Defense

DHS agrees to outside study on cancer risks of airport body scanners

Erik S. Lesser/AP

The Transportation Security Administration has tapped the National Academy of Sciences to probe the health risks of body scans to passengers and pilots after years of pressure from civil liberties groups and Congress. The study is limited to radiation and safety testing, and will not examine the privacy implications of the X-ray machines, according to a new contracting notice.

An academy committee will review the Homeland Security Department’s current procedures for measuring radiation doses people receive from the technology systems, along with previous studies. It is unclear whether the experts are expected to report on government tests or outside experiments. The Electronic Privacy Information Center has taken legal action to obtain DHS records on TSA safety analyses and third-party studies.

The academy will assess “whether exposures comply with applicable health and safety standards” for passengers and employees, the Homeland Security officials state. In 2010, the Allied Pilots Association urged its members to refuse body scans partly due to scientific results showing the machines might cause cancer.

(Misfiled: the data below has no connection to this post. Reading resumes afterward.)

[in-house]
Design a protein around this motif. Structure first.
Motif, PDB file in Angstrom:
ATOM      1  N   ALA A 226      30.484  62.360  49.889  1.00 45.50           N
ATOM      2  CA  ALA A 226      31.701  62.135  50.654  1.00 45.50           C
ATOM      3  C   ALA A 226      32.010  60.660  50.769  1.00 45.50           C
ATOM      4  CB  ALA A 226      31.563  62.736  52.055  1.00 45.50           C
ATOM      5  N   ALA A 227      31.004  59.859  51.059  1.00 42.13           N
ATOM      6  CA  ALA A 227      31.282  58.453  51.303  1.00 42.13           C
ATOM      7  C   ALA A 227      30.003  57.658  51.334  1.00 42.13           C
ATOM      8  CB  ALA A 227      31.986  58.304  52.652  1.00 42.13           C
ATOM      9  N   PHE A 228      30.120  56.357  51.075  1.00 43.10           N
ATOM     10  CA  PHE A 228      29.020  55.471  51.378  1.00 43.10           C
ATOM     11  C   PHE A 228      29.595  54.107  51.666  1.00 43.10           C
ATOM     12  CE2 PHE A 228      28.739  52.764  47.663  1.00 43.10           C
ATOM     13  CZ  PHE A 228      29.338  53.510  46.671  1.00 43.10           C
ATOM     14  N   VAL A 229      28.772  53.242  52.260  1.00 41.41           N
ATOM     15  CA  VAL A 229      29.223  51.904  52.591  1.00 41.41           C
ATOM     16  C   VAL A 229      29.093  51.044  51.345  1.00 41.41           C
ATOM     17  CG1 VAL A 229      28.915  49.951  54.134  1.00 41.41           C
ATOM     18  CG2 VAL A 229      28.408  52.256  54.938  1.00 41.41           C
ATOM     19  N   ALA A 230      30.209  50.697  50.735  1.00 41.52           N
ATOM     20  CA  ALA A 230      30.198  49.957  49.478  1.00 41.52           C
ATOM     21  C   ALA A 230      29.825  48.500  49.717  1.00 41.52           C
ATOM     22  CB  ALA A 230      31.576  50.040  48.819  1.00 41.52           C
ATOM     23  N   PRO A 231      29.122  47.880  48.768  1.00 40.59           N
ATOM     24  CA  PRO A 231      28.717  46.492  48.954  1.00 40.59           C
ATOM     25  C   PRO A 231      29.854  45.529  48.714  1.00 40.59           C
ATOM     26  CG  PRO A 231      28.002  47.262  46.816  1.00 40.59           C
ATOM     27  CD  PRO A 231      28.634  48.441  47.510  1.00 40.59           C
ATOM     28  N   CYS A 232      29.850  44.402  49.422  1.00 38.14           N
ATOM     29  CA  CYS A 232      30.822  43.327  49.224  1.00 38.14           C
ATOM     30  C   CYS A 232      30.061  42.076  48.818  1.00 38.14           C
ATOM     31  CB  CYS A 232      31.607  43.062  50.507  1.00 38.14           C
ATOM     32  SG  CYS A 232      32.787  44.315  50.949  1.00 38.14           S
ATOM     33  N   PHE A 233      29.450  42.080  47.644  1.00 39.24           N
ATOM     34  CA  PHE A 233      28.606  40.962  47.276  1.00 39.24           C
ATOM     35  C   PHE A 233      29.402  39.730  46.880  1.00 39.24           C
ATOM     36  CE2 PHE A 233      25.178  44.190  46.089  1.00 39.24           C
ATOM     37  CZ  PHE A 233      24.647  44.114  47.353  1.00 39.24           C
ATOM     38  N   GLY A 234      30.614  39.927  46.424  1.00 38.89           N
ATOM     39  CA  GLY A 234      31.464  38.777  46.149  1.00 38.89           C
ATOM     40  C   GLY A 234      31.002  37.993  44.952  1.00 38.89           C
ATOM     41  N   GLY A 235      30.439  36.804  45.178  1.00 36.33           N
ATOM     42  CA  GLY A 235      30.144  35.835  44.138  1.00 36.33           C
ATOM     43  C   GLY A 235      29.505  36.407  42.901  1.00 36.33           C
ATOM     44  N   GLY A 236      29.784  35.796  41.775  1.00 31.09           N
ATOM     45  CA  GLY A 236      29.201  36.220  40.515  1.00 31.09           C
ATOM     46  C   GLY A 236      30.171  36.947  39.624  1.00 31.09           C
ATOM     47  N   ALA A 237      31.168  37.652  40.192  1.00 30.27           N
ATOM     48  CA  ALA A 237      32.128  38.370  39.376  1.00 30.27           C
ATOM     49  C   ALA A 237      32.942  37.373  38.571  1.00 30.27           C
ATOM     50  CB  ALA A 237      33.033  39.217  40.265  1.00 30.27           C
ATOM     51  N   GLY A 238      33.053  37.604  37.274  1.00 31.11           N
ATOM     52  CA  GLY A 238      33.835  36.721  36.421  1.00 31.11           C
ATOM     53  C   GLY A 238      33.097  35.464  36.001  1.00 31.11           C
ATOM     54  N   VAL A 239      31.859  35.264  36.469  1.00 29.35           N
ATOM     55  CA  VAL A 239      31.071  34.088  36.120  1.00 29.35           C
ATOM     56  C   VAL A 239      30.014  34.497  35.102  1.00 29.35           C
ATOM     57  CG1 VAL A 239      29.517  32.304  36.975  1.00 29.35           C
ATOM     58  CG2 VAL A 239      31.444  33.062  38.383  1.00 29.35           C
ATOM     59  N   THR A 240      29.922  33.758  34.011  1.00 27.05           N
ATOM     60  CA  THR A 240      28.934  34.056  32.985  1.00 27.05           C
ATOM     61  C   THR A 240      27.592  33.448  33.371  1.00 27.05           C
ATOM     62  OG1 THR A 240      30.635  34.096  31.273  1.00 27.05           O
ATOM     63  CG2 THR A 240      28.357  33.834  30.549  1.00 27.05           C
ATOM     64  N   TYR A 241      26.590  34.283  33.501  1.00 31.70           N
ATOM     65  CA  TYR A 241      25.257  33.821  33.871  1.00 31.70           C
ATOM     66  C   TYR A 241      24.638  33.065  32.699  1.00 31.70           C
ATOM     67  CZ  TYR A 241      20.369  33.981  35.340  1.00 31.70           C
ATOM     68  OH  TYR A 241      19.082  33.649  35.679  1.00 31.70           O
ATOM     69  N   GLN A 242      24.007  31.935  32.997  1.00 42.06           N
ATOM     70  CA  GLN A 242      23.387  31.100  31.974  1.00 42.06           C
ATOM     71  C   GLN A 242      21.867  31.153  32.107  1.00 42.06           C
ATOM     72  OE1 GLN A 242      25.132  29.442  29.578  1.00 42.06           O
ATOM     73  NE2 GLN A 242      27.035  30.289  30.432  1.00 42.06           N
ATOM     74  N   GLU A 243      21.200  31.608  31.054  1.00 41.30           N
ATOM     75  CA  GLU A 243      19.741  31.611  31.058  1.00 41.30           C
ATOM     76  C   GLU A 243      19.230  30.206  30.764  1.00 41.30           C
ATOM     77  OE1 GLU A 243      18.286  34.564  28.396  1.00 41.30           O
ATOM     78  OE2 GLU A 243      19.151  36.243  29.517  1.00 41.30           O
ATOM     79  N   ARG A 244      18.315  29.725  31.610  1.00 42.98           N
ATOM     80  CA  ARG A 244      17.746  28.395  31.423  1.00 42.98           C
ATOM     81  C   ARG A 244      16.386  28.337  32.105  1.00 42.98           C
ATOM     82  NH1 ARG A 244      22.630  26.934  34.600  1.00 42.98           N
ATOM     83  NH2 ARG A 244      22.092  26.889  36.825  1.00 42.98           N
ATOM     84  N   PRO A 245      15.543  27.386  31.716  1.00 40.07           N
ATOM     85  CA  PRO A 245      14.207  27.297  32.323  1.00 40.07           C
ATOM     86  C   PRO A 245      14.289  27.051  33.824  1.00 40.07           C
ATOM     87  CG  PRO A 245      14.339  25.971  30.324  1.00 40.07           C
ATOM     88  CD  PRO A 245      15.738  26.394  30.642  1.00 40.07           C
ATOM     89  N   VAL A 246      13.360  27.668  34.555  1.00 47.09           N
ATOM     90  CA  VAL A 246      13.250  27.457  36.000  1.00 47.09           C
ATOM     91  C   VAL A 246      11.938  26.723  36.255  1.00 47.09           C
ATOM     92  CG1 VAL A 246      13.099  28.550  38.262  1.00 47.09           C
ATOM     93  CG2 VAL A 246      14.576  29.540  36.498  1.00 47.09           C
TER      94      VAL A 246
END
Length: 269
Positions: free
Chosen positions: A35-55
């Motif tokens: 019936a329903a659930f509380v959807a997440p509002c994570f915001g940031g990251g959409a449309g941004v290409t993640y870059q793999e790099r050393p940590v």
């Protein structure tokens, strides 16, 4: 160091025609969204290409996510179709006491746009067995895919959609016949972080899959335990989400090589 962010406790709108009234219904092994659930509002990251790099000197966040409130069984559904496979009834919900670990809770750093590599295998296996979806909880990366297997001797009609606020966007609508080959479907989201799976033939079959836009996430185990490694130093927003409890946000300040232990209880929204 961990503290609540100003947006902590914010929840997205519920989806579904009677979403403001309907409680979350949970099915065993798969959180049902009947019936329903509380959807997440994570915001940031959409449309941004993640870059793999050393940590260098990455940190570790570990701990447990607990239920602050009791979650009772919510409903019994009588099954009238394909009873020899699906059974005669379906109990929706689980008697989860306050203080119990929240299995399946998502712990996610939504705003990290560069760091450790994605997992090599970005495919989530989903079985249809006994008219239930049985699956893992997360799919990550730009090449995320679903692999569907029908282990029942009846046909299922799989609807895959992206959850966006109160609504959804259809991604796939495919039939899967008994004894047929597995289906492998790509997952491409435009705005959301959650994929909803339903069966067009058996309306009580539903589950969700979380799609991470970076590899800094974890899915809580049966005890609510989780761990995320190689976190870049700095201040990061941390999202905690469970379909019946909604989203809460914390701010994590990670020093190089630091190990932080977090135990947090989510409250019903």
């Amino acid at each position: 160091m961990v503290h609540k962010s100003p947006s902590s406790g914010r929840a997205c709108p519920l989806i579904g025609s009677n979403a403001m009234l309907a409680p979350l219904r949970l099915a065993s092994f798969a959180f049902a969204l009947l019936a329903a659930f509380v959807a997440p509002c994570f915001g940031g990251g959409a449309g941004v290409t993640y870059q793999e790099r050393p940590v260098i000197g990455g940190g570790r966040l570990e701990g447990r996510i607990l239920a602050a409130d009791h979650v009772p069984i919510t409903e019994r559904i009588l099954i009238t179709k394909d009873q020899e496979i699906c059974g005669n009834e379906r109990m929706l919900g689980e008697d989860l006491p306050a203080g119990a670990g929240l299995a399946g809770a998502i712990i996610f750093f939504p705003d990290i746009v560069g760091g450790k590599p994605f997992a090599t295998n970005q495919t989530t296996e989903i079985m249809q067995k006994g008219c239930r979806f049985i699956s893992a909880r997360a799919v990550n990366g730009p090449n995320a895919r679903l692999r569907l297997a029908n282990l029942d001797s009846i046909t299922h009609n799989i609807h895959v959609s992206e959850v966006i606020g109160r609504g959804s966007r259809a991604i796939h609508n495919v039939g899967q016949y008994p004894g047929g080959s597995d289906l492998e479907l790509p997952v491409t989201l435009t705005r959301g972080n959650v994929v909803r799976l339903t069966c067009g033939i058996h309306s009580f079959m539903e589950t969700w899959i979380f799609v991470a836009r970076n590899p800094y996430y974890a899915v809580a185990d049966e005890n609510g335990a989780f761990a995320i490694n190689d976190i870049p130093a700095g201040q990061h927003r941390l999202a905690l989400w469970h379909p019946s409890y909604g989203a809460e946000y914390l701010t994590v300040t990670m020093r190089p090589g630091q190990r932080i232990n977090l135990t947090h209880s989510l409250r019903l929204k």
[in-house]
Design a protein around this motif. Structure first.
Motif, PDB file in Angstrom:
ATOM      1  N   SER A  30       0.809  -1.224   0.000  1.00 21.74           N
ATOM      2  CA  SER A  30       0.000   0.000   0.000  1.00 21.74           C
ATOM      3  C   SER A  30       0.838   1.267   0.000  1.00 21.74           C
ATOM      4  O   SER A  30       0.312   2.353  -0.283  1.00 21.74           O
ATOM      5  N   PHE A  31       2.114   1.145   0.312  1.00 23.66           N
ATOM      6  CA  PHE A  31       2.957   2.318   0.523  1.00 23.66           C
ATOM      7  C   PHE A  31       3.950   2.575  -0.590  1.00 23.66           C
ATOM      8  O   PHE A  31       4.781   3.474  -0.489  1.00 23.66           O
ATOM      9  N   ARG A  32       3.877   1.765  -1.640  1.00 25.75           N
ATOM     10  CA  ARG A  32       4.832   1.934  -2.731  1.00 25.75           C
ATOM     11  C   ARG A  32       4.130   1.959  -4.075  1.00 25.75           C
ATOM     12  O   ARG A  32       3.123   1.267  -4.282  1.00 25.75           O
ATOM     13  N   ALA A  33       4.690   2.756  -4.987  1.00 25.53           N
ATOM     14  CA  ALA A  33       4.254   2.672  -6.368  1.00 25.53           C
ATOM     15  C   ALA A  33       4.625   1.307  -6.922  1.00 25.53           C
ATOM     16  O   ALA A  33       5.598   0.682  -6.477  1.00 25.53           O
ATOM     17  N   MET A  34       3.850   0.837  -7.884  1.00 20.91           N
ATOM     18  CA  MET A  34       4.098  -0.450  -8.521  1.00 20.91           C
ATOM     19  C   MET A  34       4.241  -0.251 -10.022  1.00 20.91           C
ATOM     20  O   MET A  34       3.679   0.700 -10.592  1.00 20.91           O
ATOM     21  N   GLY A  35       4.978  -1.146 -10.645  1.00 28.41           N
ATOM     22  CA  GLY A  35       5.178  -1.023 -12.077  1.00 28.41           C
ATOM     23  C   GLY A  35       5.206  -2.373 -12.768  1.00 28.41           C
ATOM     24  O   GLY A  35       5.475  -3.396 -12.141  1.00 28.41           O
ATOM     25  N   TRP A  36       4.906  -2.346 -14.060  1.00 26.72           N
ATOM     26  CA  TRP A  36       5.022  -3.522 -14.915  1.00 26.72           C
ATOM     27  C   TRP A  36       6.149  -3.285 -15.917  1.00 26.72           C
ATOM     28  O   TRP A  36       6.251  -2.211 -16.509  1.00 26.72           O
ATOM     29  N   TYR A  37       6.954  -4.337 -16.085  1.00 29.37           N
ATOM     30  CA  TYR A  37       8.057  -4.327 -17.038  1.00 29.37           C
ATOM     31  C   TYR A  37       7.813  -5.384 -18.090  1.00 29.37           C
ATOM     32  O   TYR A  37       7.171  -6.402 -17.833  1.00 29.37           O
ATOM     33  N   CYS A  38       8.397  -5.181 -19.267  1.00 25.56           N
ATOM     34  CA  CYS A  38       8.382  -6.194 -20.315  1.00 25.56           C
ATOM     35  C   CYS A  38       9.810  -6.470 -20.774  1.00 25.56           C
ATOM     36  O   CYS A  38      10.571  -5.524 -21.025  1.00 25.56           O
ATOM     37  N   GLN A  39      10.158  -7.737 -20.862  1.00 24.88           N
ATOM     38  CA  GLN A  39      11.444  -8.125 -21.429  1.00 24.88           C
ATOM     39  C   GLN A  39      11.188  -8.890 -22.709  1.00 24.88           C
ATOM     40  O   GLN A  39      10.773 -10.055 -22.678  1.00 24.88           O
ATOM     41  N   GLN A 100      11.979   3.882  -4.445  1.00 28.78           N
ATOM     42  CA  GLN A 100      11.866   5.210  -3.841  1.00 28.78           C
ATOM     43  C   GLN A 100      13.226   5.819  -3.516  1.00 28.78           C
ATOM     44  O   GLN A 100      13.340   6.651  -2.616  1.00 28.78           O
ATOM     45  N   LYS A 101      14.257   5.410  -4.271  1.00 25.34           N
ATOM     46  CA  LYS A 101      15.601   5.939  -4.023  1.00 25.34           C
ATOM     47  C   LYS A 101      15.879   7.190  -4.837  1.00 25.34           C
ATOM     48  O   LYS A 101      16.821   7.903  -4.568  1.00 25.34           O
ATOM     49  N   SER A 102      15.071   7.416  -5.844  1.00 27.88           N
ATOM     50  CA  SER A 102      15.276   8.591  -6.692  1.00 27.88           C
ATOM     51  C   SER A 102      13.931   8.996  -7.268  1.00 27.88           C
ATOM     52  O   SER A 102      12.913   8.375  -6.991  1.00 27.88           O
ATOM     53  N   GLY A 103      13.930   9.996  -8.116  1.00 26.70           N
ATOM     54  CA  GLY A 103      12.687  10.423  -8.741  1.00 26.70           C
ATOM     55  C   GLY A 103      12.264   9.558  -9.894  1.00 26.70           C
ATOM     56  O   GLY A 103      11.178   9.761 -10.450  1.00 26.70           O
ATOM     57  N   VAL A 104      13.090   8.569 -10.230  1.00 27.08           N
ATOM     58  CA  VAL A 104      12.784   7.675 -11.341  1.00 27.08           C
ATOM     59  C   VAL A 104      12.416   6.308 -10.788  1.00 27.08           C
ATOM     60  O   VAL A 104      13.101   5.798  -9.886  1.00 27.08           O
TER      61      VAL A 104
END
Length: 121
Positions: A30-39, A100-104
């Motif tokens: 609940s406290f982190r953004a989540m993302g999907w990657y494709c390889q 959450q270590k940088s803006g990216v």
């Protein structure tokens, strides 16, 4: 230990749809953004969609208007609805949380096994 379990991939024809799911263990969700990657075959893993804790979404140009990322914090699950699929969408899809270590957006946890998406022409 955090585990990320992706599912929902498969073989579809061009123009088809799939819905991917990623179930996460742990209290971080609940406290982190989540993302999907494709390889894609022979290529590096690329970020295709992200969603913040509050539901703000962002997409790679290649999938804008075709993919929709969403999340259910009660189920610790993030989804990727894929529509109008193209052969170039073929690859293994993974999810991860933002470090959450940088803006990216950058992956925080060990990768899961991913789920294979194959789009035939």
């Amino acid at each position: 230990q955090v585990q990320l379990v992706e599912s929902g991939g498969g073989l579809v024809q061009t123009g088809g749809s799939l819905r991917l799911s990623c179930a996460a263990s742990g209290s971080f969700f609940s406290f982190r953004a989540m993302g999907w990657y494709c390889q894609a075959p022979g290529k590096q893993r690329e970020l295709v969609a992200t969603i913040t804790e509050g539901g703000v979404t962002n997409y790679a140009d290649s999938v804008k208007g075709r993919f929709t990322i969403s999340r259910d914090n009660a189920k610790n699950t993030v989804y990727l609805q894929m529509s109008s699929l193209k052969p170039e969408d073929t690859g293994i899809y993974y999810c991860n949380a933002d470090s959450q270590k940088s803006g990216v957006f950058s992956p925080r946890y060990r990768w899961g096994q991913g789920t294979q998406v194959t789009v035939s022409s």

The study also will examine the extent to which safety interlocks and other system controls, as well as operations and maintenance “are appropriate to prevent overexposures.”

Homeland Security officials explicitly state the review will not address the legal, cultural or privacy consequences of the technology.

Some civil liberties organizations on Friday noted other related variables that the review won’t tackle.  The study “also won't address whether scanners have actually made us safer—whether the high economic and non-monetary costs associated with scanners are warranted,” Electronic Frontier Foundation attorney Jennifer Lynch said. “It's also appalling that TSA has waited until now—three years after it started to roll them out in airports—to conduct this kind of study.”

Earlier this year, the House and Senate introduced legislation calling for an independent laboratory to investigate the health repercussions of the machines.

"We have confidence in the ability of the National Academy of Sciences to conduct an independent and fair assessment,” EPIC President Marc Rotenberg said on Friday, adding that the group is “pleased” the safety evaluation is happening.

He added, however, that "at some point, we hope there will also be an independent assessment of whether travelers are given the opportunity to opt-out of scanning as our case also required."

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